There aren't that many "characters" you use on a regular basis, not much more than what's on a laptop keyboard, but even then there's probably a few extra. But there's over 100,000 characters in the unicode standard currently.
My question is why they are actually characters, which are mapped to fonts. I don't understand why they are not just "items" that you select from a dropdown like on the iPhone. This way they could be completely customizable and wouldn't be so limited/static. Not even just talking about the completely graphic-esque ones like the animal unicodes. Even things like diacritics could be something from a dropdown rather than a complicated hidden keyboard combo invoking a font glyph.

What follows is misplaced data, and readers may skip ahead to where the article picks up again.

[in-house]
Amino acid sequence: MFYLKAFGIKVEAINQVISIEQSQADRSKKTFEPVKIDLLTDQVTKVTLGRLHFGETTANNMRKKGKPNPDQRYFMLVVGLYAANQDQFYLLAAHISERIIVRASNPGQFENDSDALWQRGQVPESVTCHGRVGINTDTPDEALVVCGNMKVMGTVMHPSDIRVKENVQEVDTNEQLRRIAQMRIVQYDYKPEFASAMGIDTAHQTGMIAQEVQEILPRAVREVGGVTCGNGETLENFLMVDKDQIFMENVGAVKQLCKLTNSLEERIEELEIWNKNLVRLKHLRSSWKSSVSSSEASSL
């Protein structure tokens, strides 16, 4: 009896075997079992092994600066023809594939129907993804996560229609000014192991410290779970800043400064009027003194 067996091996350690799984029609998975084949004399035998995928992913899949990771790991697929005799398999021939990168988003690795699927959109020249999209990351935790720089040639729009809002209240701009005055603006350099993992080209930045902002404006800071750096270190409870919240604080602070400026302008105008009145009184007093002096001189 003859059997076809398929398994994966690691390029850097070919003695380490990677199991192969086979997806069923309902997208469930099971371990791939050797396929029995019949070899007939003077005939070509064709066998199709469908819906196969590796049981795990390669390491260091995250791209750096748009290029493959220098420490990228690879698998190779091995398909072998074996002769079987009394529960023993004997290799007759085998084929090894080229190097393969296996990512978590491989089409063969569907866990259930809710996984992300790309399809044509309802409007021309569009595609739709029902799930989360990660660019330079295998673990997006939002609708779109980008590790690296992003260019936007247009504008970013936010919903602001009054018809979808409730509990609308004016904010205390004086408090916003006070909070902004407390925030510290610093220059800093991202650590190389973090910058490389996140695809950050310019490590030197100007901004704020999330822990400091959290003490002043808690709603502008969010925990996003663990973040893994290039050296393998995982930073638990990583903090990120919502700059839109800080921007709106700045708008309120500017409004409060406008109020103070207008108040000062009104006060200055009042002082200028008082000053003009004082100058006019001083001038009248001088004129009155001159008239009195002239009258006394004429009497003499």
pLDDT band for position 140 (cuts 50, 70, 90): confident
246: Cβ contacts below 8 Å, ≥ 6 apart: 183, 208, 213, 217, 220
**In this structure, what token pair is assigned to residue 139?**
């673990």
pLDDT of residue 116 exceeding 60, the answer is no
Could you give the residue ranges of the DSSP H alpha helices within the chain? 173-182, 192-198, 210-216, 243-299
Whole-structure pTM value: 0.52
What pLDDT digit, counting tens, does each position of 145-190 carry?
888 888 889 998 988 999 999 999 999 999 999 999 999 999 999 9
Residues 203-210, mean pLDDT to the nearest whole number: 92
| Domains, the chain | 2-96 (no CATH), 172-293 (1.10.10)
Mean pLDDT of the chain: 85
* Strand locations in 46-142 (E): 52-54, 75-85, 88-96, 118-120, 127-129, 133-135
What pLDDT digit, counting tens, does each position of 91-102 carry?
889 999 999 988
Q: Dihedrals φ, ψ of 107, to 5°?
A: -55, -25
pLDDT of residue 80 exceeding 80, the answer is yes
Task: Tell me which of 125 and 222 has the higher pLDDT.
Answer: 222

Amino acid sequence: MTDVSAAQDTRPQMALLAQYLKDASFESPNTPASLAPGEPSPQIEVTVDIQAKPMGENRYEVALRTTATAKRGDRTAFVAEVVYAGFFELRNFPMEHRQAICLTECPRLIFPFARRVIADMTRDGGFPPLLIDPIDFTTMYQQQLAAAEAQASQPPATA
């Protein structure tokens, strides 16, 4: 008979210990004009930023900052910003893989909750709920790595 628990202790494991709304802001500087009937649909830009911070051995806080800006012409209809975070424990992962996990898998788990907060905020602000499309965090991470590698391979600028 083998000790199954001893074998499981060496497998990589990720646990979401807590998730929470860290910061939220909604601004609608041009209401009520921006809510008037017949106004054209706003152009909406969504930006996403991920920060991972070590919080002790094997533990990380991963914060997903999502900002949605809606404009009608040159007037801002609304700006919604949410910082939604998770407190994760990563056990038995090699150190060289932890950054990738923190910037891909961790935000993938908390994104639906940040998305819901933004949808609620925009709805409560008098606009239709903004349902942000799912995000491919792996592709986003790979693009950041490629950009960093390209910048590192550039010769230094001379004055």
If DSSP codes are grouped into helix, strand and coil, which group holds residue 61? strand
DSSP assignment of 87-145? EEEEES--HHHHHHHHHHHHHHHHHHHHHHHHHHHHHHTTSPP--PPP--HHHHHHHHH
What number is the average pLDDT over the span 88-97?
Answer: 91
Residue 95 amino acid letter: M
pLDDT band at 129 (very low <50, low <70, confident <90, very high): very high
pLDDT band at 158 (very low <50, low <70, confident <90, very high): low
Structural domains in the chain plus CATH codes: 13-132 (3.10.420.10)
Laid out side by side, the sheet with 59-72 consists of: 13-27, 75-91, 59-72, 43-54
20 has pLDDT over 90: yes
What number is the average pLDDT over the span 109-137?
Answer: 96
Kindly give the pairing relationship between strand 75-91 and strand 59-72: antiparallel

Basically wondering, from a more UX perspective, what may be the reasoning behind having so many statically defined, yet complicated, font characters, rather than just having them be "icons" broadly, that don't map to key codes.